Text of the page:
Chicago (IL) – Improved boot times for operating times is a topic that comes up now and then. Ubuntu’s developer team has now set a new target, one of the most aggressive ones we are aware of, promising a 10 second startup time for Ubuntu 10.04, code-named karmic+1.
The goal was announced in a post by Canonical’s Scott James Remnant within the Ubuntu developer mailing list, referring to a “a generic, hardware agnostic,
non-stripped down Linux distribution.” Remnant said that the 10 second time may just be a starting point and that the software can be fine tuned by hardware vendors to fit specific hardware configurations, which would allow them to “match Moblin’s 5s benchmark on similar hardware.”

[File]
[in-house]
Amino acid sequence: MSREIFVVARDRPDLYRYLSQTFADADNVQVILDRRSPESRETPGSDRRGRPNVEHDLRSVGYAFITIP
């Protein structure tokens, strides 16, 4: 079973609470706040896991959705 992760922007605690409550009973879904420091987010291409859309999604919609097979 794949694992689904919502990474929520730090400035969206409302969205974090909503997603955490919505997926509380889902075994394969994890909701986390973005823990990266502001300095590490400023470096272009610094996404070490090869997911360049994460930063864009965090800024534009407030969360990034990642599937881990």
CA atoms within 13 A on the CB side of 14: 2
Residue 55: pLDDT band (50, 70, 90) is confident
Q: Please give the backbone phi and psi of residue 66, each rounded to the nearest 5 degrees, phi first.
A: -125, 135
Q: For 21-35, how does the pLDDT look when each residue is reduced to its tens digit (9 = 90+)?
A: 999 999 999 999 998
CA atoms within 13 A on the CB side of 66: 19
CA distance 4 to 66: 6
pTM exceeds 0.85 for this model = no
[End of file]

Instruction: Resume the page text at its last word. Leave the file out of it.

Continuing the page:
Ubuntu uses a Dell Mini 9 netbook as a reference platform stating that “the slow CPU and fast SSD makes this an excellent ‘middle of the road’ machine. Some people’s machines will be slower, some will be faster.” The target time will include a fully logged in desktop with an idle CPU and disk. Remnant said that the time budget will be 2 seconds for the kernel, 2 seconds for drivers and filesystem mounting, 2 seconds for the X.org server and 4 seconds for the desktop session.
Remnant said that these times “aren’t too arbitrary, but are based on what should be possible and achievable.”
We will wait for Ubuntu 10.04 and look forward to faster boot times. Especially when we look at our current Vista systems, which are slow enough to be able to prepare a quick breakfast in the morning during power-on and a ready-to-go state. My business notebook, a 2-year-old HP Pavilion model with a Turion X2 CPU, crawls in 3 minutes through the Vista boot process.
Windows 7 should be much faster. A quick test this morning shows that Win 7-64 needed 53 seconds to boot on a clean 2.66 GHz Core 2 Duo system with 4 GB of memory.